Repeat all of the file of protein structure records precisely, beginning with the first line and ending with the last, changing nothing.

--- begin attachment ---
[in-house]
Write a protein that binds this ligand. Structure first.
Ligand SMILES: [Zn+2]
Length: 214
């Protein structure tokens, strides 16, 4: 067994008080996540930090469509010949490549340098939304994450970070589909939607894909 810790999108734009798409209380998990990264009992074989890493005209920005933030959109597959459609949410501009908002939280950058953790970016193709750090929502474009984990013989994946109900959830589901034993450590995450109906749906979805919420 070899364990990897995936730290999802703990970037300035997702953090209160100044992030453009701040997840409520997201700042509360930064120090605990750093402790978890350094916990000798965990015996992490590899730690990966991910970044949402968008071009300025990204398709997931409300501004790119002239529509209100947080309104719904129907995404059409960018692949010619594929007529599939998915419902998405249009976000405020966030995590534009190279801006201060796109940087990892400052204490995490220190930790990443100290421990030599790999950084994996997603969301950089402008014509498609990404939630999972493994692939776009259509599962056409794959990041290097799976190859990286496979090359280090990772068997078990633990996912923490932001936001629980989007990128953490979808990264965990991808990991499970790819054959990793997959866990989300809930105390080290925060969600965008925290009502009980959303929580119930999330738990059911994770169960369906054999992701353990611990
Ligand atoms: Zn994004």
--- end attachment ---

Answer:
[in-house]
Write a protein that binds this ligand. Structure first.
Ligand SMILES: [Zn+2]
Length: 214
């Protein structure tokens, strides 16, 4: 067994008080996540930090469509010949490549340098939304994450970070589909939607894909 810790999108734009798409209380998990990264009992074989890493005209920005933030959109597959459609949410501009908002939280950058953790970016193709750090929502474009984990013989994946109900959830589901034993450590995450109906749906979805919420 070899364990990897995936730290999802703990970037300035997702953090209160100044992030453009701040997840409520997201700042509360930064120090605990750093402790978890350094916990000798965990015996992490590899730690990966991910970044949402968008071009300025990204398709997931409300501004790119002239529509209100947080309104719904129907995404059409960018692949010619594929007529599939998915419902998405249009976000405020966030995590534009190279801006201060796109940087990892400052204490995490220190930790990443100290421990030599790999950084994996997603969301950089402008014509498609990404939630999972493994692939776009259509599962056409794959990041290097799976190859990286496979090359280090990772068997078990633990996912923490932001936001629980989007990128953490979808990264965990991808990991499970790819054959990793997959866990989300809930105390080290925060969600965008925290009502009980959303929580119930999330738990059911994770169960369906054999992701353990611990
Ligand atoms: Zn994004």